PITTSBURGH, PA - OCTOBER 17:  Kris Letang #58 of the Pittsburgh Penguins looks on during the game against Colorado Avalanche at PPG Paints Arena on October 17, 2016 in Pittsburgh, Pennsylvania.  (Photo by Gregory Shamus/Getty Images)
Getty
Leave a comment

The Pittsburgh Penguins are on their first real losing streak of the season (three games) and are now going to be without their No. 1 defenseman for at least the next few games after the team announced on Monday morning that Kris Letang has been placed on injured reserve.

Along with that move, the Penguins also recalled forward Jake Guentzel and defenseman Chad Ruhwedel from Wilkes-Barre/Scranton of the American Hockey League.

Letang was injured during the Penguins’ 6-4 loss in Detroit over the weekend, playing only 2:06 before exiting the game with an apparent leg injury.

Injuries have been a constant problem for Letang in his career and have allowed him to play in more than 70 games just once since 2010, and it usually has a pretty significant impact on the team when he is out.

While Sidney Crosby is the Penguins’ best player, there is an argument to be made that Letang is their most important and the one player they can not afford to lose given the minutes he plays, the impact he has on the game in all three zones, and the fact he is probably on any given night on one of the five best all-around defensemen in hockey. There is a pretty drastic change to their offense when Letang is out of the lineup.

Entering this season the Penguins averaged 3.16 goals per game over the previous six seasons with Letang in the lineup (while winning more than 64 percent of their games), versus only 2.73 (and only winning 54 percent of their games) when he has been out of the lineup.

In the 12 games Letang has missed this season they have averaged 3.06 goals, compared to 3.60 in the 30 games he has played.

The Penguins host the Washington Capitals, winners of nine in a row, on Monday night.

PHT Morning Skate: The Canucks’ power play is a big problem

Leave a comment

— Following a six-game winning streak that moved them back into playoff contention the Vancouver Canucks dropped their fourth game in a row on Sunday night, losing 2-1 to Cory Schneider and the New Jersey Devils. A power play unit that is currently 27th in the league on the season and has gone just 1-for-17 during their current losing streak has been a big part of the problem and Ben Kuzma of the Province looked into it following their most recent defeat. [The Province]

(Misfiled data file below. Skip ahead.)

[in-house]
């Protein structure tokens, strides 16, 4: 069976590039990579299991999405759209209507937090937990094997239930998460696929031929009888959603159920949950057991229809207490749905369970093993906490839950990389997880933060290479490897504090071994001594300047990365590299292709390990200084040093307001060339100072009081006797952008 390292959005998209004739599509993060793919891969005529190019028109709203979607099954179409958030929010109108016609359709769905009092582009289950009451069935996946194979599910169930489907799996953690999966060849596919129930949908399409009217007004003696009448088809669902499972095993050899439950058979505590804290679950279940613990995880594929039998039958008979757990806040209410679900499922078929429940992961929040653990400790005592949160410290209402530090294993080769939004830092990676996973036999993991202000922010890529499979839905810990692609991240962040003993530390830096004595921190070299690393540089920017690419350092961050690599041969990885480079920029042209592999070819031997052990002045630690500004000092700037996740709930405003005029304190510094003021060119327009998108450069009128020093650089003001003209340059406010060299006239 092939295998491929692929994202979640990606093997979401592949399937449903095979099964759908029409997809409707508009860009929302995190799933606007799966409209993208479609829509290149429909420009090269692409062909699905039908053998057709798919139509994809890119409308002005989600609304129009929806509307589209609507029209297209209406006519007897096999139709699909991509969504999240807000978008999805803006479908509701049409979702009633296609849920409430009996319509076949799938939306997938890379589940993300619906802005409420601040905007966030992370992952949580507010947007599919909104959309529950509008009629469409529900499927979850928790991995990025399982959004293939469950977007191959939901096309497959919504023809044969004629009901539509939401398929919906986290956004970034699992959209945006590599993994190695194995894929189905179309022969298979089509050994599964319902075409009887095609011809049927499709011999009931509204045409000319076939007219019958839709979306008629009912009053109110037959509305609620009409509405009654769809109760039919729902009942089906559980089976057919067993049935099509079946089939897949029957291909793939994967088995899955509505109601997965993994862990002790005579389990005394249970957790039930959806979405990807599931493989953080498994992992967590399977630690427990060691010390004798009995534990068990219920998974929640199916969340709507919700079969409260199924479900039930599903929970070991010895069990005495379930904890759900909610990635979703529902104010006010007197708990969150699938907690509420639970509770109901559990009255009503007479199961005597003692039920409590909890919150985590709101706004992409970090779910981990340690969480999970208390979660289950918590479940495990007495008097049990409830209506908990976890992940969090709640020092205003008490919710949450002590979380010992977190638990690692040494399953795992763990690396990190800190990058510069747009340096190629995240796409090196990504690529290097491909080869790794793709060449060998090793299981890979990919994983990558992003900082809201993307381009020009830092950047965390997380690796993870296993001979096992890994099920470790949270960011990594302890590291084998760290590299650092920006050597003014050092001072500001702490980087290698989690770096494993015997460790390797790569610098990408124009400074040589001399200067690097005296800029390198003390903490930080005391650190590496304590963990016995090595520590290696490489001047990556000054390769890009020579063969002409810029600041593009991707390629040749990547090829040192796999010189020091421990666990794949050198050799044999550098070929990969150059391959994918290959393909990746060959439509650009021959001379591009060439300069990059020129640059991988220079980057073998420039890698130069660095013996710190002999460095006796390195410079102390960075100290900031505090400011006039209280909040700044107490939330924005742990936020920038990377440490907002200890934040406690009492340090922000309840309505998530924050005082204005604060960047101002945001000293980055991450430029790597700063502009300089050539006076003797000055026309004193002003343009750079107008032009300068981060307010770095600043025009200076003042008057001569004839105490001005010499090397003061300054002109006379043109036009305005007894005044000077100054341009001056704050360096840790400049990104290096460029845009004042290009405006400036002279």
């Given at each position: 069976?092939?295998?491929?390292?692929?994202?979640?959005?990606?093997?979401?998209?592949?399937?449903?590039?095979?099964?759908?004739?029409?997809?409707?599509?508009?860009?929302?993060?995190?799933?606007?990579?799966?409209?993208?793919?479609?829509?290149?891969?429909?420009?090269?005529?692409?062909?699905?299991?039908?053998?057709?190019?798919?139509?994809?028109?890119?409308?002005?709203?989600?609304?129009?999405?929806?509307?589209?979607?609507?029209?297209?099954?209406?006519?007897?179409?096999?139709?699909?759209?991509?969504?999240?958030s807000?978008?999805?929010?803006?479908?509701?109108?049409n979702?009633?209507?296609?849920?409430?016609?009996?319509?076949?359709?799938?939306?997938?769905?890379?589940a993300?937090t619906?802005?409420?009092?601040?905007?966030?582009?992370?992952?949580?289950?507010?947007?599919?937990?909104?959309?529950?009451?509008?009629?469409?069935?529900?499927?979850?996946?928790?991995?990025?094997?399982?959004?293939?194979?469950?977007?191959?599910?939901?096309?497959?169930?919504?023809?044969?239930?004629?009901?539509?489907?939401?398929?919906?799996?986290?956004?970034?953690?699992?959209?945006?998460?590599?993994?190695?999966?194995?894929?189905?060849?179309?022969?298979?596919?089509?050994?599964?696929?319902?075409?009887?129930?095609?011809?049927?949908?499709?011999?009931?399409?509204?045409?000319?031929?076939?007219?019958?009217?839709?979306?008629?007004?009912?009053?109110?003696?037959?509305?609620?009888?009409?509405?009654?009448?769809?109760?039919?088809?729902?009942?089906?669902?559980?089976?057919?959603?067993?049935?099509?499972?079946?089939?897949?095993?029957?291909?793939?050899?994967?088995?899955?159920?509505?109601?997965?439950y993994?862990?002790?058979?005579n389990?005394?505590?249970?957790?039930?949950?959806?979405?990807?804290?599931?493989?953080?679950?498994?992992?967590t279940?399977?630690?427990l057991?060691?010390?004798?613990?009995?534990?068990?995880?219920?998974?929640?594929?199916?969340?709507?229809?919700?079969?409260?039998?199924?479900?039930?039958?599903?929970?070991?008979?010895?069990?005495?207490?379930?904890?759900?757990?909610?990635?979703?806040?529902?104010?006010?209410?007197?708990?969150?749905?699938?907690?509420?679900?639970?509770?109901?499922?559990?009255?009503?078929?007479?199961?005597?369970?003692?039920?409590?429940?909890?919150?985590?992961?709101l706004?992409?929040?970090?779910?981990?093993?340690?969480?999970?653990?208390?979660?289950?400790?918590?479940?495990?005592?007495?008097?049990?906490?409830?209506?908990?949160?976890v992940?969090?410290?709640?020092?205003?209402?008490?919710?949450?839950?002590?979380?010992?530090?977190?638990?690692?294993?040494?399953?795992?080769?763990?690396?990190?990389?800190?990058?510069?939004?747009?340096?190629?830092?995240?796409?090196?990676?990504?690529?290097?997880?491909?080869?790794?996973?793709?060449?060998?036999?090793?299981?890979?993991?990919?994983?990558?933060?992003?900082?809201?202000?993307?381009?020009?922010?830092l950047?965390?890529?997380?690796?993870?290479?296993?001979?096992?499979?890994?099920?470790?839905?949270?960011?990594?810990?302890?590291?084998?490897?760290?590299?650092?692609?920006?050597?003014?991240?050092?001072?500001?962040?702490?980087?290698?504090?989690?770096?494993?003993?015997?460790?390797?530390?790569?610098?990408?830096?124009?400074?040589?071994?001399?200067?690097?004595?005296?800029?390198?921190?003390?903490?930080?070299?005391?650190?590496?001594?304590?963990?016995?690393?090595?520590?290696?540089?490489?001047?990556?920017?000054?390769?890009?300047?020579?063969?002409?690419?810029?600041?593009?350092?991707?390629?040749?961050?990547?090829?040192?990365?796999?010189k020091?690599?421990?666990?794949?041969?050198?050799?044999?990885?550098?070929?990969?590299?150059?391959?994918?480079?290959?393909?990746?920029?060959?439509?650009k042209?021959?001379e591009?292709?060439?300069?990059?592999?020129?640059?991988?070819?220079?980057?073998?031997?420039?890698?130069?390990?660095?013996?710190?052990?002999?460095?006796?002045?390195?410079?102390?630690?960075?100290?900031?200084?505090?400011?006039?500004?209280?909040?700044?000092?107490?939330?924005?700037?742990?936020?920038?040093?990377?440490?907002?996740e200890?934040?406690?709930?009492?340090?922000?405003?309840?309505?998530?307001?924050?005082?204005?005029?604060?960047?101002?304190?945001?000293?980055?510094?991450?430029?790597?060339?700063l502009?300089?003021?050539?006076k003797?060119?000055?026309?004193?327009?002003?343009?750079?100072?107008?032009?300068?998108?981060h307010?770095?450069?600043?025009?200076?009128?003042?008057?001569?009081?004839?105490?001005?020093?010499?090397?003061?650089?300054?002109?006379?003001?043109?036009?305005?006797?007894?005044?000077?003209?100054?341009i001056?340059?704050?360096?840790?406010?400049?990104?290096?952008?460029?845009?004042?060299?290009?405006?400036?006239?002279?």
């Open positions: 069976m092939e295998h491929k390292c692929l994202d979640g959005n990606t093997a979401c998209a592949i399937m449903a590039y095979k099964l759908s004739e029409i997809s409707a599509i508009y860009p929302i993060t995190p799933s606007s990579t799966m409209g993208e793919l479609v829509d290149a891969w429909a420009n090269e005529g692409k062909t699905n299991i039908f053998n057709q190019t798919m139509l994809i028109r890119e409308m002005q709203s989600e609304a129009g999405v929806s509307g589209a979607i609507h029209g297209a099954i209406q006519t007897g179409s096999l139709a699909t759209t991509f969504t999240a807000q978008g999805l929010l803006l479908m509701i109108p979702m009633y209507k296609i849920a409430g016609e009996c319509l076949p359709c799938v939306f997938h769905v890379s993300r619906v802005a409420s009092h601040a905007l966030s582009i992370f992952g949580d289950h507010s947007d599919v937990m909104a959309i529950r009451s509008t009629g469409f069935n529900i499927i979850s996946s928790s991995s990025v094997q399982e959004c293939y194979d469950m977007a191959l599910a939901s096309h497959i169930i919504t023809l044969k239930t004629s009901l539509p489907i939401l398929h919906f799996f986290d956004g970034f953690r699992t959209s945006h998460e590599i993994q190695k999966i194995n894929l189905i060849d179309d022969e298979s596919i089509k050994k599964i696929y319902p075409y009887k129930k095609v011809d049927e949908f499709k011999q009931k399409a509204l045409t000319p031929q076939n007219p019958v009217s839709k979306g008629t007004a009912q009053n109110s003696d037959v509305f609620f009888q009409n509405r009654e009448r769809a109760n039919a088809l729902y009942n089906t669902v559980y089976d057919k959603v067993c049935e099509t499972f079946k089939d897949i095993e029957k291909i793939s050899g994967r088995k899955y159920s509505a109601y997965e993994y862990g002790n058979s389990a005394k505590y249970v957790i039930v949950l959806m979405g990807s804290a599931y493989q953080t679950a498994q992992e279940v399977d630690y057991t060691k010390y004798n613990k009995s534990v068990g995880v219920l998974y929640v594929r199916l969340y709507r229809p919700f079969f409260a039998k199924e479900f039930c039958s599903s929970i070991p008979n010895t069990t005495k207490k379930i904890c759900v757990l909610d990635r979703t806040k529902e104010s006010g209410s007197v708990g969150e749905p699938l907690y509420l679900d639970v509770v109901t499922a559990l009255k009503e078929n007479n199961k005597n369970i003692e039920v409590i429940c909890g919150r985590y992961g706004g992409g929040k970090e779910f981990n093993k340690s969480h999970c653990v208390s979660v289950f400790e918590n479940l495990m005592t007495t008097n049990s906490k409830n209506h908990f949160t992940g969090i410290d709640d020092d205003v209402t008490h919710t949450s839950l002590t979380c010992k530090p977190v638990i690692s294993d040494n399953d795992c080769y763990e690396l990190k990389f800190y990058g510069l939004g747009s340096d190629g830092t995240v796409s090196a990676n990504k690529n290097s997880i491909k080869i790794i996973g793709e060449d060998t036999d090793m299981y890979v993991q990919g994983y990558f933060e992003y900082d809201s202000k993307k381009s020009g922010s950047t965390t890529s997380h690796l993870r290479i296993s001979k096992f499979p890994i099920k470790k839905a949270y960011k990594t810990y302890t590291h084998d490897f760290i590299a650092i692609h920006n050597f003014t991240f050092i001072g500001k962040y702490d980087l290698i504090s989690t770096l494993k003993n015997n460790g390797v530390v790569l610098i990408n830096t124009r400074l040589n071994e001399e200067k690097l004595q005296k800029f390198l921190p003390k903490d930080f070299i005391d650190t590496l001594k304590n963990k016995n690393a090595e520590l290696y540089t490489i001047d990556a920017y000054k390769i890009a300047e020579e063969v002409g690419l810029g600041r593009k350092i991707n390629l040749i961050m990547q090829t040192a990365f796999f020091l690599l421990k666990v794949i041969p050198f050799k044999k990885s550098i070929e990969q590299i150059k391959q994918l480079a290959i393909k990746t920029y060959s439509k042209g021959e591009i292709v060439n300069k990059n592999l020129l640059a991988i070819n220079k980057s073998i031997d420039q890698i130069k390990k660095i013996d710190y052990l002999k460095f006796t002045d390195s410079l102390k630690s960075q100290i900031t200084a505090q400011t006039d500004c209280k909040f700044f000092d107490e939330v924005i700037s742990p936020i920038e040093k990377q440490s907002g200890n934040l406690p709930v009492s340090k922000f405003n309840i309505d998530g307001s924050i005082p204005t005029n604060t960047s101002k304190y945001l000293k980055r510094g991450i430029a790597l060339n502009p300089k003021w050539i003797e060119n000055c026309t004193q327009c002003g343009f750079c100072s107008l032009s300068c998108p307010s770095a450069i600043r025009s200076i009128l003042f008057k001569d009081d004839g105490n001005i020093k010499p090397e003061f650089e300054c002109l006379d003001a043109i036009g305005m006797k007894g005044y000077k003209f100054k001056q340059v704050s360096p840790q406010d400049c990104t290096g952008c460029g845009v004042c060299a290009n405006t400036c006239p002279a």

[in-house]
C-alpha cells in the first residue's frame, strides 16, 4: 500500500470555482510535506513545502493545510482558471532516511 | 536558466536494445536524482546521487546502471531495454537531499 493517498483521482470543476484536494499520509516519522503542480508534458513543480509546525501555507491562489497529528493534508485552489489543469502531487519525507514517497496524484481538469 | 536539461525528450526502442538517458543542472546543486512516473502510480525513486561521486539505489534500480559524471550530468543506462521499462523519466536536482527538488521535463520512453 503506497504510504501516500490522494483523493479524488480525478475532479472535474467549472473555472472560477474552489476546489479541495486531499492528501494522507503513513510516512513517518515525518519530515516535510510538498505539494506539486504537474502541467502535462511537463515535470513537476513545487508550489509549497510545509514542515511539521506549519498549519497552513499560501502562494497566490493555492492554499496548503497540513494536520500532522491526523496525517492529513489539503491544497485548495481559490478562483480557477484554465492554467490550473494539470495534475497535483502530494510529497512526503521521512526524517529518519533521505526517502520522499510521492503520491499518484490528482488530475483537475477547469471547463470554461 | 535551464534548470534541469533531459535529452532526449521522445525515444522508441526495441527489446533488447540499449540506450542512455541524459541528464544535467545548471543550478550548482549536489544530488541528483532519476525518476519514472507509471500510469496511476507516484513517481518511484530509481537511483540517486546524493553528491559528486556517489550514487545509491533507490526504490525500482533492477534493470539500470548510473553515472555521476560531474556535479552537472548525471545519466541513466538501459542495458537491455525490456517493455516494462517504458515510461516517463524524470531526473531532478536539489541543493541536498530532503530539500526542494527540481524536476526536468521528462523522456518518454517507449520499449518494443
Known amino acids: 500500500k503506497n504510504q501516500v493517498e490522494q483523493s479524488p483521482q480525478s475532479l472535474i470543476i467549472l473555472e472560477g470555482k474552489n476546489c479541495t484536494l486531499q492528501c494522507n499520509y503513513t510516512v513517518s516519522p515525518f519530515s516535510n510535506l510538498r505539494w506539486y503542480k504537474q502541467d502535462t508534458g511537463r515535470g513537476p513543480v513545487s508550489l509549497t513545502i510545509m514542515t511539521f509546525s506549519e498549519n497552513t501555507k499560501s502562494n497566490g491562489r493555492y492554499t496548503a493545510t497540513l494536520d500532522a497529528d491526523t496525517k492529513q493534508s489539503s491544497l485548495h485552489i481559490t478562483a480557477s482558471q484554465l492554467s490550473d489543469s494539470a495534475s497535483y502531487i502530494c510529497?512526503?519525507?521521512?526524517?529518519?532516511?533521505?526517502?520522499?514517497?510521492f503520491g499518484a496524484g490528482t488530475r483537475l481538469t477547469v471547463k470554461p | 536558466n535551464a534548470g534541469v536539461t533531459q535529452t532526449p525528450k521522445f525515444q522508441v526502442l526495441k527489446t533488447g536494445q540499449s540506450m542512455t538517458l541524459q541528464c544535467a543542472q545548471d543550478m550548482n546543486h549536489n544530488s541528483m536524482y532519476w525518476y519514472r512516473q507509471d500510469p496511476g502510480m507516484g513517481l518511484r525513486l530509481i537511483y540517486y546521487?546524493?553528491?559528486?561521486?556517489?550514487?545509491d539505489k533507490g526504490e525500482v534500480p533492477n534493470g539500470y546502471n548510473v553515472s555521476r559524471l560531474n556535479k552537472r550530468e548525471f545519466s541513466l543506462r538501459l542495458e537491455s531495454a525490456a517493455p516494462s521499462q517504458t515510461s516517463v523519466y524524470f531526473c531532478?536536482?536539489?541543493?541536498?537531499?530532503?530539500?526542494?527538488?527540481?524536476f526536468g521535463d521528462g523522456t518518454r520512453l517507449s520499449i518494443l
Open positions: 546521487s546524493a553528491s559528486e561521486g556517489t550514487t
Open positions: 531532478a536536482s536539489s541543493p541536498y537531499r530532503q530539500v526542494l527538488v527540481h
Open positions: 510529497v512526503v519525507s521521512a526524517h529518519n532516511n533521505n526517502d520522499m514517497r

— The Washington Capitals’ 5-0 win on Sunday (highlights above) that improved their winning streak to nine games was also the 1,500th win in franchise history. [Washington Capitals]

— Will this be the year Shane Doan waives his no-trade clause to get a chance at the Stanley Cup? Elliotte Friedman speculates that if the Coyotes, who currently have the second worst record in the league, approached the now-40-year-old Doan about a trade that he might be willing to accept it. He has four goals and eight assists in 40 games this season. [Sportsnet]

— Edmonton Oilers forward Drake Caggiula had some fun at the team’s skills competition over the weekend by taking out in the shootout dressed as … Drake. [Edmonton Oilers/YouTube]

— Los Angeles Kings general manager Dean Lombardi had an update on the status of injured goaltender Jonathan Quick on Sunday and basically said there is “no change” that he is still “a long way off.” He has been injured since the season opener and has not played since, making Peter Budaj the team’s starting goaltender this season. Budaj has a .917 save percentage and a 20-11-3 record in Quick’s absence for a Kings team that is hanging on to a playoff spot in the Western Conference [Kings Insider]

— Since their 16-game winning streak came to an end the Columbus Blue Jackets have lost four of their past six games and had to use four different goaltenders over the past four games. Is that post-winning streak hangover something that is going to be good for them in the long run? [Columbus Dispatch]

— The Minnesota Wild extended their winning streak to four games on Sunday night and moved into sole possession of first place with a 3-2 win over the Chicago Blackhawks. They now have a two-point lead over the Blackhawks with four games in hand on them. Here are the highlights from Sunday’s game.

 

Oilers recall D-man Oesterle from AHL Condors

EDMONTON, AB - FEBRUARY 23:  Jordan Oesterle #82 of the Edmonton Oilers warms up against the Ottawa Senators on February 23, 2016 at Rexall Place in Edmonton, Alberta, Canada. (Photo by Codie McLachlan/Getty Images)
Getty
Leave a comment

The Edmonton Oilers made a move Sunday, recalling defenseman Jordan Oesterle from the Bakersfield Condors in the AHL.

In 18 games with the Condors this season, the 24-year-old Oesterle has three goals and 11 points.

The decision comes one day after Oilers defenseman Adam Larsson missed Saturday’s contest against the rival Calgary Flames because of a lower-body injury.

While he isn’t a flashy player, Larsson seems to have made a positive impression on the Oilers coaching staff during his first season in Edmonton following last summer’s blockbuster trade involving scoring winger Taylor Hall.

No surprise this development is leading to questions about the health of Larsson, with the Oilers set to begin the second half of a six-game home stand and sitting second in the Pacific Division standings.

Video: Reaves and Boll drop the gloves in heavyweight bout

screen-shot-2017-01-15-at-7-50-51-pm
3 Comments

Heavyweight fighters Jared Boll and Ryan Reaves dropped the gloves during the second period of Sunday’s game between the Anaheim Ducks and St. Louis Blues.

Those were some thunderous right hands thrown there, both combatants landing their fair share of punches before officials finally intervened.